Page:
by Banana Yoshimoto, translated by Megan Backus.
Faber, 150 pp., £12.99, January 1993, 9780571167906
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... spent a year on the best-seller list. They also suggest that it recalls the early Marguerite Duras. This I don’t quite see, although both writers are concerned with the formidable barriers of loneliness. Loneliness for Duras, however, is a personal disability which leaves her characters not ...


Yun Sheng: Mai Jia, 11 September 2014

Decoded: A Novel 
by Mai Jia, translated by Olivia Milburn and Christopher Payne.
Allen Lane, 315 pp., £18.99, March 2014, 978 0 14 139147 2
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... age for publishing and reading in China. We got everything from Shakespeare and Cervantes to Marguerite Duras and Milan Kundera. Readers had been starved for more than two decades: some good books sold in their millions. García Márquez topped the list, and as a consequence influenced countless Chinese novelists – including Mo Yan, who confessed ...

I am only interested in women who struggle

Jeremy Harding: On Sarah Maldoror, 23 May 2024

... Maldoror’s approach over her long career is set out in Monangambeee. ‘I am black,’ she told Marguerite Duras in 1958, ‘I need to think of myself as black.’ She was also a committed anti-colonialist: monangambeee is an elongation of the Kimbundu word for ‘contract labourer’; it was one of the rallying cries of the Angolan liberation ...

Lights by the Ton

John Sturrock: Jean Echenoz, 18 June 1998

by Jean Echenoz, translated by Guido Waldman.
Harvill, 122 pp., £8.99, June 1998, 1 86046 449 1
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Un An 
by Jean Echenoz.
Minuit, 111 pp., frs 65, September 1997, 2 7073 1587 7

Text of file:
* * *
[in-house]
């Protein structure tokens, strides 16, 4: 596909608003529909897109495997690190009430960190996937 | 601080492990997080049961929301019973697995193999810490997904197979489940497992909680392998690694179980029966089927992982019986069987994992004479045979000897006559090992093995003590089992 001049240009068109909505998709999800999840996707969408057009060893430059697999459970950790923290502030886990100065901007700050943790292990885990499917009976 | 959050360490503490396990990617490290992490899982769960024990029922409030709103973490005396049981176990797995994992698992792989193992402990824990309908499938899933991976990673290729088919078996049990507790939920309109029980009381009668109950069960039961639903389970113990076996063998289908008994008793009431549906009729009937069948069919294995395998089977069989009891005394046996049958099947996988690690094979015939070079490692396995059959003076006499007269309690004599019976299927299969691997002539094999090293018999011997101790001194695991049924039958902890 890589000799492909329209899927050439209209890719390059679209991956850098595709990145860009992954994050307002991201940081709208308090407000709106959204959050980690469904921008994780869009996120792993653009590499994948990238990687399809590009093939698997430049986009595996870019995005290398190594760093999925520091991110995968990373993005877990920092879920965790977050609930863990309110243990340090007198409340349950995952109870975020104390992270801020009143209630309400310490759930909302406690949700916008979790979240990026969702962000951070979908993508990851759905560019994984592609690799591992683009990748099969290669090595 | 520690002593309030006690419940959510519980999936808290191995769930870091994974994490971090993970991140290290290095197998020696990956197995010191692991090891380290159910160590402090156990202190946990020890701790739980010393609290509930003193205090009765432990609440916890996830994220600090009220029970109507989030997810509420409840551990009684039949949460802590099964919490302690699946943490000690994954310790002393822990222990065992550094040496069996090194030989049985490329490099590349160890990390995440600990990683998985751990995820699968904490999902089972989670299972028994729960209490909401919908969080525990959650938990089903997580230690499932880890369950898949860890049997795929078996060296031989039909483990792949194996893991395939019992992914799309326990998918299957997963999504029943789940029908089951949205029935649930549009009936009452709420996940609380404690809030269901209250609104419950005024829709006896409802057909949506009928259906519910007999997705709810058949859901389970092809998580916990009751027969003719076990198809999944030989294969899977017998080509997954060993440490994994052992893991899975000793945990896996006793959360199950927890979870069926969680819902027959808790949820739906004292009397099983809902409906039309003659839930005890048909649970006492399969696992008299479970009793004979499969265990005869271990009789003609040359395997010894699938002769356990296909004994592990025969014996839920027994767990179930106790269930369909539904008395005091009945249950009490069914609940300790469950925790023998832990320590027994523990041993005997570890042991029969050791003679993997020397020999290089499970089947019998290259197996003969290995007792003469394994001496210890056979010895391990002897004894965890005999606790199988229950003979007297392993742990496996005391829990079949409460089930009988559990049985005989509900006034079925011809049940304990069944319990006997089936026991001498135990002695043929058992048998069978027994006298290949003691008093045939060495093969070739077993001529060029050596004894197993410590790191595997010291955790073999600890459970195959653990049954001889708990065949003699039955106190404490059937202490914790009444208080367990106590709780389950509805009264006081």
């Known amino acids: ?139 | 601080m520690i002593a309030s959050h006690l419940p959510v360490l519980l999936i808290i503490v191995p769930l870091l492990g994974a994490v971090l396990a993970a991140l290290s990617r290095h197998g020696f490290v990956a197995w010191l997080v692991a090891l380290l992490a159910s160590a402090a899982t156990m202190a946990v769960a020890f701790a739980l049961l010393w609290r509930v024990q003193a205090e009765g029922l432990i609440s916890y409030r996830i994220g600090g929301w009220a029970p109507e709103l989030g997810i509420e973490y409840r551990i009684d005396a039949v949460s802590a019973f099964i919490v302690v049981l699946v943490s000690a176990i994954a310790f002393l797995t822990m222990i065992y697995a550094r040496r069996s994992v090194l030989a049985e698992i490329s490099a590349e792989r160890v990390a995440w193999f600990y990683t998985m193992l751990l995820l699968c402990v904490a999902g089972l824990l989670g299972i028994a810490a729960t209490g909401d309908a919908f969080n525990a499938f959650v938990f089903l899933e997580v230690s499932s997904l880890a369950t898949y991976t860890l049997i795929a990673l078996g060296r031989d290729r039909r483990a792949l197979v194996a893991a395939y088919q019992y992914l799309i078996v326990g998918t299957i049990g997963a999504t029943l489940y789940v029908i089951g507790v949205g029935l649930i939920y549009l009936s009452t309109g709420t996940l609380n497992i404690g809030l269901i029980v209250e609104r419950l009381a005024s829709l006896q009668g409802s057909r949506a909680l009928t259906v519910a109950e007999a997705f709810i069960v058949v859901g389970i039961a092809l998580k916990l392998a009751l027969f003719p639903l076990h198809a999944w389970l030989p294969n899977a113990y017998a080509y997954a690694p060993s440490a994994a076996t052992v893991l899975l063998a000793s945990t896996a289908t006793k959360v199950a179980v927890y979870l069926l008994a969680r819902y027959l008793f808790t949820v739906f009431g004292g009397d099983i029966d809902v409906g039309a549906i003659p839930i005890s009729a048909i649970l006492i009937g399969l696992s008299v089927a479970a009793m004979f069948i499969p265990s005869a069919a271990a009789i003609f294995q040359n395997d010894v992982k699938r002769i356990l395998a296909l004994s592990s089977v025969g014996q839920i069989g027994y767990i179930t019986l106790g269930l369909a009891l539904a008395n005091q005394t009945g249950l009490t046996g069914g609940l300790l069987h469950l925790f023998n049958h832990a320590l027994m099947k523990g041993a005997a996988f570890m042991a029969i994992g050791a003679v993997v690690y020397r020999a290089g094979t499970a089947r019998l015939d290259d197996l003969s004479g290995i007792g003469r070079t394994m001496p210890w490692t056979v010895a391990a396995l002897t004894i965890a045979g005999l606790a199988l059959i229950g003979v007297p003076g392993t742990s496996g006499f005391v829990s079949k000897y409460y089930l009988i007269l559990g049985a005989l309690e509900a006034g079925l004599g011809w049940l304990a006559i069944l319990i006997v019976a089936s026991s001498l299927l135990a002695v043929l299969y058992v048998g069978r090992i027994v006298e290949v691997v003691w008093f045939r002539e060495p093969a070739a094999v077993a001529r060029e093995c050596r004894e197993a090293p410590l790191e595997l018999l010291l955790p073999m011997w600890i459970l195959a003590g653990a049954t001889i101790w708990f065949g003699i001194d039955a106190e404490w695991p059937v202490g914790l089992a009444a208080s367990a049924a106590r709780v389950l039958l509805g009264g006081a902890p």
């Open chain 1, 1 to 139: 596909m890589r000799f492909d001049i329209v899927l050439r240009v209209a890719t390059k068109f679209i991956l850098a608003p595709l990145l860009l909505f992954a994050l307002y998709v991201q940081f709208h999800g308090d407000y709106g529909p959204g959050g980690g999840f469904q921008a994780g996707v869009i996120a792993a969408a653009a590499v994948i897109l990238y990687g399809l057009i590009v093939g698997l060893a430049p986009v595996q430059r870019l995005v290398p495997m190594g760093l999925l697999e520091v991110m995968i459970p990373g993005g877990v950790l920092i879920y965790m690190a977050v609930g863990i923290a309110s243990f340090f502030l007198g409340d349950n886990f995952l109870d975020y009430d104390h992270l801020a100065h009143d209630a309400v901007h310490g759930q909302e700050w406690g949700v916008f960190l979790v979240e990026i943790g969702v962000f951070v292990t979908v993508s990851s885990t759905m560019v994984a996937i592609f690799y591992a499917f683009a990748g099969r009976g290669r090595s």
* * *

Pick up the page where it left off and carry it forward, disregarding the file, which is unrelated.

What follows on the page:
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... India in another – the descriptions of which are done by a parodist, a reader of Conrad or Marguerite Duras perhaps, not by a concerned traveller. But for as long as Echenoz remains at home, in Paris or the provinces, place stands out in his novels by its ordinariness, as a rather mucky environment, whether indoors or out, that badly needs the ...

I was the Human Torch

Lili Owen Rowlands: Guillaume Dustan, 15 December 2022

The Works of Guillaume Dustan, Vol. 1: ‘In My Room’, ‘I’m Going Out Tonight’, ‘Stronger Than Me’ 
edited by Thomas Clerc, translated by Daniel Maroun.
Semiotext(e), 383 pp., £14.99, June 2021, 978 1 63590 142 9
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... it’s recounted – a plainness and immediacy Dustan modelled on the ‘bad French’ of his hero Marguerite Duras. ‘I find [literature] old-fashioned. I find it snobbish. I find it right-wing, a prisoner to the aristocratic values on which it was founded,’ he said. What he loved about Duras was that she knew ...

A Simpler, More Physical Kind of Empathy

Lorna Sage: Haruki Murakami, 30 September 1999

South of the Border, West of the Sun 
by Haruki Murakami, translated by Philip Gabriel.
Harvill, 187 pp., £9.99, July 1999, 1 86046 594 3
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The Wind-Up Bird Chronicle 
by Haruki Murakami, translated by Jay Rubin.
Harvill, 609 pp., £12, May 1998, 9781860464706